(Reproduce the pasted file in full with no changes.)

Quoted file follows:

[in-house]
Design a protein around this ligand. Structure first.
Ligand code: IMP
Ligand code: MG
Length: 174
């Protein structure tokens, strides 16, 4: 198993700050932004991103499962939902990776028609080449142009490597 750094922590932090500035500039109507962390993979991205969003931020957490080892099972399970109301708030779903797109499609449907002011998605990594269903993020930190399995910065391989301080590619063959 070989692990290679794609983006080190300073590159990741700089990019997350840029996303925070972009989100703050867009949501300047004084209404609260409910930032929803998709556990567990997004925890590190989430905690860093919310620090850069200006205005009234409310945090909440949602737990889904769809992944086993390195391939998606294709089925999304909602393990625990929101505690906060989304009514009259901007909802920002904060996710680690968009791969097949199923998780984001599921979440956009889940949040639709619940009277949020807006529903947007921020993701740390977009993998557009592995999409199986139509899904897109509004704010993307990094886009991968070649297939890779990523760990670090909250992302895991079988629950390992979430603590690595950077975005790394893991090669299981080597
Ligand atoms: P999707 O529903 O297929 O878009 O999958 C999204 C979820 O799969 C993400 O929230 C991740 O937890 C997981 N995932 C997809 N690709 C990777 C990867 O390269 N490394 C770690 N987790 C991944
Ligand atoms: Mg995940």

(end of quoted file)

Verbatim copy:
[in-house]
Design a protein around this ligand. Structure first.
Ligand code: IMP
Ligand code: MG
Length: 174
């Protein structure tokens, strides 16, 4: 198993700050932004991103499962939902990776028609080449142009490597 750094922590932090500035500039109507962390993979991205969003931020957490080892099972399970109301708030779903797109499609449907002011998605990594269903993020930190399995910065391989301080590619063959 070989692990290679794609983006080190300073590159990741700089990019997350840029996303925070972009989100703050867009949501300047004084209404609260409910930032929803998709556990567990997004925890590190989430905690860093919310620090850069200006205005009234409310945090909440949602737990889904769809992944086993390195391939998606294709089925999304909602393990625990929101505690906060989304009514009259901007909802920002904060996710680690968009791969097949199923998780984001599921979440956009889940949040639709619940009277949020807006529903947007921020993701740390977009993998557009592995999409199986139509899904897109509004704010993307990094886009991968070649297939890779990523760990670090909250992302895991079988629950390992979430603590690595950077975005790394893991090669299981080597
Ligand atoms: P999707 O529903 O297929 O878009 O999958 C999204 C979820 O799969 C993400 O929230 C991740 O937890 C997981 N995932 C997809 N690709 C990777 C990867 O390269 N490394 C770690 N987790 C991944
Ligand atoms: Mg995940």